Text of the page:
Three Vital Oil System Valves
In any automotive engine lubrication system there must be a constant flow of oil under pressure to the engine. If that flow fails, the bearings and other engine components may be damaged.
Three separate valves in engine lubrication systems keep the engine supplied with the oil it needs. These valves are often mistaken for one another when questions regarding oil systems are raised. This section defines each valve and its specific function.
1. Oil Pump Pressure Regulating Valve
This valve is usually built into the oil pump and is necessary in both full flow and by-pass oil systems. Its function is to control the operating pressure of the lubrication system. The regulating valve is set by the manufacturer to maintain the correct pressure (usually between 40 and 60 psi).
The valve utilizes a ball (or plunger) and spring mechanism. When the operating pressure is below the preset pressure level, the spring holds the ball in the closed position so that oil flows to the bearings under pressure. When the desired amount of pressure is reached, the valve opens enough to maintain this pressure. Once the valve is open, the pressure remains fairly constant, with only small changes as the engine speed varies.
If the oil pressure regulating valve becomes stuck in the closed position or is slow to move to the open position after the engine has started, the pressure in the system will exceed the regulating valve setting. This may cause an over-pressurized oil filter. If a deformed oil filter is observed, the oil pressure-regulating valve must be serviced immediately. (Also see section on over-pressurized lube oil filters below.)
This is the pressure regulating valve in the open position.
This is the pressure regulating valve stuck in the closed position.
2. Relief (By-pass) Valve
In a full oil flow system, all the oil passes through the filter to reach the engine. If the filter clogs, an alternative route to the engine must be provided for the oil, or the bearings and other internal parts may fail, due to oil starvation.
A relief - or by-pass - valve is used to allow unfiltered oil to lubricate the engine. Unfiltered oil is far better than no oil at all.
This relief valve is built into the engine block in some cars. Otherwise, the relief valve is a component of the oil filter itself. Under normal conditions, the valve remains closed. When there is sufficient contaminant in the oil filter to reach a preset level of restriction to oil flow (around 8 psi in most passenger cars), pressure on the relief valve causes it to open. This condition can occur when the oil filter has become clogged or when the weather is cold and the oil is thick and flows only slowly.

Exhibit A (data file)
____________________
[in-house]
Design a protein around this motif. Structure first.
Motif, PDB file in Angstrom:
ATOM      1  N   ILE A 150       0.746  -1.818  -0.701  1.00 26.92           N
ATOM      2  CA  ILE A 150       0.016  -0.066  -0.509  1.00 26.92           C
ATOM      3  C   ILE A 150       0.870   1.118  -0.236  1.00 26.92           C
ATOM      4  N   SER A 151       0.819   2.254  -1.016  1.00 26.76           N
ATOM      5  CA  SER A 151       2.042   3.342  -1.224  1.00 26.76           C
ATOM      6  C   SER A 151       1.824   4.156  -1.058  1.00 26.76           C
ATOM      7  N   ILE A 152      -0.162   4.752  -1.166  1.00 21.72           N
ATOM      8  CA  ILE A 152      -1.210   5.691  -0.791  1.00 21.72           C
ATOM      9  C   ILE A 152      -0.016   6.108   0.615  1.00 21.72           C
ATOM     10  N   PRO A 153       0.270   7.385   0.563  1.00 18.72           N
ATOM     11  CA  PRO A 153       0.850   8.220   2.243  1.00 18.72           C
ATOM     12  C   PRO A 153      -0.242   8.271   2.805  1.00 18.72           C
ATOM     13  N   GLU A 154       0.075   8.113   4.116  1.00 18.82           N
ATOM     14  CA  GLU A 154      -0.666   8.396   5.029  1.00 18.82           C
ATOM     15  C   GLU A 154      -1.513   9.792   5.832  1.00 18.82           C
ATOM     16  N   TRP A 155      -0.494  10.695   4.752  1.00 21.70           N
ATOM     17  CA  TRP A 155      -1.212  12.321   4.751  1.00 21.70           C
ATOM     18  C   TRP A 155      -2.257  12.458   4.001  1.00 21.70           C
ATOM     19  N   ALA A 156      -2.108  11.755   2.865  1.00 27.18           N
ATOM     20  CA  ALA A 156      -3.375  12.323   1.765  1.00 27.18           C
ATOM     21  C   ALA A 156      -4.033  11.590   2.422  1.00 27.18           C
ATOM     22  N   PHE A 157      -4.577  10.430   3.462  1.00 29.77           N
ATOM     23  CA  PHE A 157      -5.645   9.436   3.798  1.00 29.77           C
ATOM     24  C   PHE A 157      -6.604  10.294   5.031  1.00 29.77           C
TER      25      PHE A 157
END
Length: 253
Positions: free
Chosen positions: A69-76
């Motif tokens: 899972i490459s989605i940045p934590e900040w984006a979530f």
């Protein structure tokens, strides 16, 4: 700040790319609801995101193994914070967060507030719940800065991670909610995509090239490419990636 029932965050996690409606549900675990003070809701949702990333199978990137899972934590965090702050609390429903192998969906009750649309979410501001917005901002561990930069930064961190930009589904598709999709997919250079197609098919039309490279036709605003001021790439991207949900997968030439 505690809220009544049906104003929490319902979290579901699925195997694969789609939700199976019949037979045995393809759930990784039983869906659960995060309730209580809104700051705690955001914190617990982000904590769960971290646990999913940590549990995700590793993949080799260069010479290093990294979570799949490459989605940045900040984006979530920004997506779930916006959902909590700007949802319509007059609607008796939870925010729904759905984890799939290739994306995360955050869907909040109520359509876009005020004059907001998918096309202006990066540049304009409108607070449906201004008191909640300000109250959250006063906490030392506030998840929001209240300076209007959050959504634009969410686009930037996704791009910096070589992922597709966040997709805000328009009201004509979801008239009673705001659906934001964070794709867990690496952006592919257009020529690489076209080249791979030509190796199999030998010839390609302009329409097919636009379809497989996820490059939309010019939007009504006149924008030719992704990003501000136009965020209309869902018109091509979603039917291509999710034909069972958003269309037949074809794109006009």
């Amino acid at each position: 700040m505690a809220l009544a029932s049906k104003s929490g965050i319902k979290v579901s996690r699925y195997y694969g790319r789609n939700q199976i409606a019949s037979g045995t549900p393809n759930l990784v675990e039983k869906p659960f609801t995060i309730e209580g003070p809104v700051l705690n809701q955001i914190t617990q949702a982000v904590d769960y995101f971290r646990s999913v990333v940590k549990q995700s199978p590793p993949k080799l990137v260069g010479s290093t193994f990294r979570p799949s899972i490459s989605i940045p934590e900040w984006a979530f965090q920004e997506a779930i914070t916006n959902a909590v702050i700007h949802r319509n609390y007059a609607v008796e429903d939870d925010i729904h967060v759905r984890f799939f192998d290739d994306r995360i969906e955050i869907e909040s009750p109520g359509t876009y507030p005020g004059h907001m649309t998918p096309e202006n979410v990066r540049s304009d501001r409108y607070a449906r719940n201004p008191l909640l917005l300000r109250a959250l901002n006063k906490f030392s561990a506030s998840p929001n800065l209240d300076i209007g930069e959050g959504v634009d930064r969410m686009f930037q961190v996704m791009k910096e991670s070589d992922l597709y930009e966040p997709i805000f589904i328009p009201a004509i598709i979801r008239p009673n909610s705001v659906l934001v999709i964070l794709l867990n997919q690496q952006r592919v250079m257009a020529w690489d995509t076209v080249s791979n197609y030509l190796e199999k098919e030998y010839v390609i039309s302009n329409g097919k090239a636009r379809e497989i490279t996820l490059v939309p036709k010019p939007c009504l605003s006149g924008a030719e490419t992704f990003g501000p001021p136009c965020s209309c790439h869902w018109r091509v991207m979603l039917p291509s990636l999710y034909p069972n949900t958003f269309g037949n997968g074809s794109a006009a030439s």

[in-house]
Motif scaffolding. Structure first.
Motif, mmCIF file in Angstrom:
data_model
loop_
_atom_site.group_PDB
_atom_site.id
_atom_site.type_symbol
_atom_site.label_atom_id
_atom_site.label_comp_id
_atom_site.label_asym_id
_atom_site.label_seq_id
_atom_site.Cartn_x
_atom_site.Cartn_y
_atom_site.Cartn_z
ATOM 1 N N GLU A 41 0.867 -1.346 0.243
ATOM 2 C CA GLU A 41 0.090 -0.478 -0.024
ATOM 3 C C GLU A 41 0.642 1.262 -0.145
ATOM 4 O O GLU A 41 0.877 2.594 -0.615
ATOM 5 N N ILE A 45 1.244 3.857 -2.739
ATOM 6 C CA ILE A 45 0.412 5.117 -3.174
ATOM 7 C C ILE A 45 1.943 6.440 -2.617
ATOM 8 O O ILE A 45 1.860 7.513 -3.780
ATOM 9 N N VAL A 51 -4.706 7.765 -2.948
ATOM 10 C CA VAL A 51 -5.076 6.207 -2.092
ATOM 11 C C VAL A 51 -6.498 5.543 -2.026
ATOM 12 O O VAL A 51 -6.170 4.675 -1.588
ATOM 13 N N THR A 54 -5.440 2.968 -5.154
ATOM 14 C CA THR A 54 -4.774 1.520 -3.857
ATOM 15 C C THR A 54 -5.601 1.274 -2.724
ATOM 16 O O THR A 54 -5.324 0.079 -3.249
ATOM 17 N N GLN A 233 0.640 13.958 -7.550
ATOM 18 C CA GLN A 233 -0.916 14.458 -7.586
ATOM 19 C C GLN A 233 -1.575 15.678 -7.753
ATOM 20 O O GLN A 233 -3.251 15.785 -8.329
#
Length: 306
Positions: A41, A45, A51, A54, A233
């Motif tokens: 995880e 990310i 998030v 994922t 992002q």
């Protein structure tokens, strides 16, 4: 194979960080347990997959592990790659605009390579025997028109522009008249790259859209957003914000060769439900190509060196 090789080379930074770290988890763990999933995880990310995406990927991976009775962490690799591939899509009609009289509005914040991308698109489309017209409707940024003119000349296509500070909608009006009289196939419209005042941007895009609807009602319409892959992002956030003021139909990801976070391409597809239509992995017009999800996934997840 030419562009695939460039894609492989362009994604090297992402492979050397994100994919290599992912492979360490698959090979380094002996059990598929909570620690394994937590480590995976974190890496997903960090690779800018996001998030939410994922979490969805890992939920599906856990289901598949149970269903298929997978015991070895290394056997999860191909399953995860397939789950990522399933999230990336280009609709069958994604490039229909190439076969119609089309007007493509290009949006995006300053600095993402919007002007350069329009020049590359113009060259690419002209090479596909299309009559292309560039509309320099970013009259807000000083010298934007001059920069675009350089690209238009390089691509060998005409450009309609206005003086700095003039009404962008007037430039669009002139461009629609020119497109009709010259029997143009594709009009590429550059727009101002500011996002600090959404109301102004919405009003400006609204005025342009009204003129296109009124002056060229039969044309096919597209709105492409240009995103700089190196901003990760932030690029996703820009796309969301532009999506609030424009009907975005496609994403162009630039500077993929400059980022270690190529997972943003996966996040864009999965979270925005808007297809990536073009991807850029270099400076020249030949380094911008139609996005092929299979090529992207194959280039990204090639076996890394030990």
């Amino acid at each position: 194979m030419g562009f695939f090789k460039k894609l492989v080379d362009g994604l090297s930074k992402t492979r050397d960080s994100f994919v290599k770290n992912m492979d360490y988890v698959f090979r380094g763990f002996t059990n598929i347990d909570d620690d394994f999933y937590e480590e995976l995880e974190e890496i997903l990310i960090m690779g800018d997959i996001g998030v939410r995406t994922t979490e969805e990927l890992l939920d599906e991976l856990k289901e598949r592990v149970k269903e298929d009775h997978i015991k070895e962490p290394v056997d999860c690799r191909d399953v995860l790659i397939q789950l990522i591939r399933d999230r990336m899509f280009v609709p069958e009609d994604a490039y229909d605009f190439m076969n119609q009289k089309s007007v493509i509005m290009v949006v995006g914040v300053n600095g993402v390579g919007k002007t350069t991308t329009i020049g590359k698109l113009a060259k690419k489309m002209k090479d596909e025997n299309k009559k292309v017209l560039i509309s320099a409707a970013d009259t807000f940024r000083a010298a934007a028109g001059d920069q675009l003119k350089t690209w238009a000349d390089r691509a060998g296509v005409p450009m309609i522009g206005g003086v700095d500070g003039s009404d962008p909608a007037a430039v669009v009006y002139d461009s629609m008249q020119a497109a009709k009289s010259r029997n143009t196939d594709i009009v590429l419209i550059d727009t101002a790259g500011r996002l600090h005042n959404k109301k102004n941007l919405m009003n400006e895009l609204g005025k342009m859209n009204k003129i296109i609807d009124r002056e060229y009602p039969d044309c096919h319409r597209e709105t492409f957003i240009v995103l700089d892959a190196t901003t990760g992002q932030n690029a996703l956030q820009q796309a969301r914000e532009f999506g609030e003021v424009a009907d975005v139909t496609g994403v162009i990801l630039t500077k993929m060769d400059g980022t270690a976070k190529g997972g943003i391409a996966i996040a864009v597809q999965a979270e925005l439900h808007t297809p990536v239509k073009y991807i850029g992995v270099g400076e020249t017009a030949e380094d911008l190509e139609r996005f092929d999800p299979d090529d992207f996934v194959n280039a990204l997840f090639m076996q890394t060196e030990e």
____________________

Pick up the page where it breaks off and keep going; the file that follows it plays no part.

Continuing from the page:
3. Anti-Drain Valve
Some oil filter mountings may allow oil to drain out of the filter when the engine is stopped. When the engine is next started, oil must refill the filter before full oil pressure reaches the engine. The anti-drain valve, included in the filter when required, prevents oil from draining out of the filter. Some filter designs incorporate a combination anti-drain and relief valve with an integrated unit construction.
The oil pressure drops, the red "CHECK ENGINE" light flicks on or the oil gauge drops to zero. You stop your car and check under the bonnet: your oil filter looks like it has burst. Understandably, you think the filter has failed. You send it back to the manufacturer. They deny any responsibility. You're upset, of course.
But if the filter didn't fail, what did happen?
Lube oil system problems are usually invisible. After they occur, a burst or deformed oil filter is often the only "evidence" you have. Yet it's misleading. Just as a blown fuse is not the cause of an electrical failure, a burst oil filter isn't the cause of excessive system pressure. Rather, it is the result of a faulty regulating valve located in the engine.
How your lube system works
This is a simplified diagram of the lube oil system showing the oil pump, regulating valve, and bearings. The pump supplies oil at volumes and pressures greater than what the system requires to lubricate the bearings and other moving parts. The regulating valve opens to allow excessive volume and pressure to be diverted back to the oil pan without causing damage to the filter or engine. On most cars, the regulating valve maintains an oil system pressure of 40 to 60 psi.
What causes over-pressurization?
Excessive engine pressure is the result of a faulty oil pressure regulating valve. There are two ways that the valve fails to operate correctly: either it sticks in the
closed position, or it is slow to move to the open position after the engine has started. Unfortunately, a stuck valve can free itself after filter failure, leaving no evidence of any malfunction.
This diagram shows the system operating with the regulating valve stuck in the closed position. Pressure builds up equally on all components. If the regulating valve remains stuck, the pressure will increase dramatically. Normal pressure plus 100 psi causes filter deformation. If the regulating valve still remains stuck, the gasket between the filter and the base can blow out, or the filter seam will open. The system will then lose all its oil and pose significant risk to the engine.
How to minimize the risk of an over-pressurized system
1. Change the oil and filter often, according to the engine manufacturer's instructions for frequency, viscosity, and type.
2. Warm the engine on cold mornings before starting to drive, to allow oil to flow properly.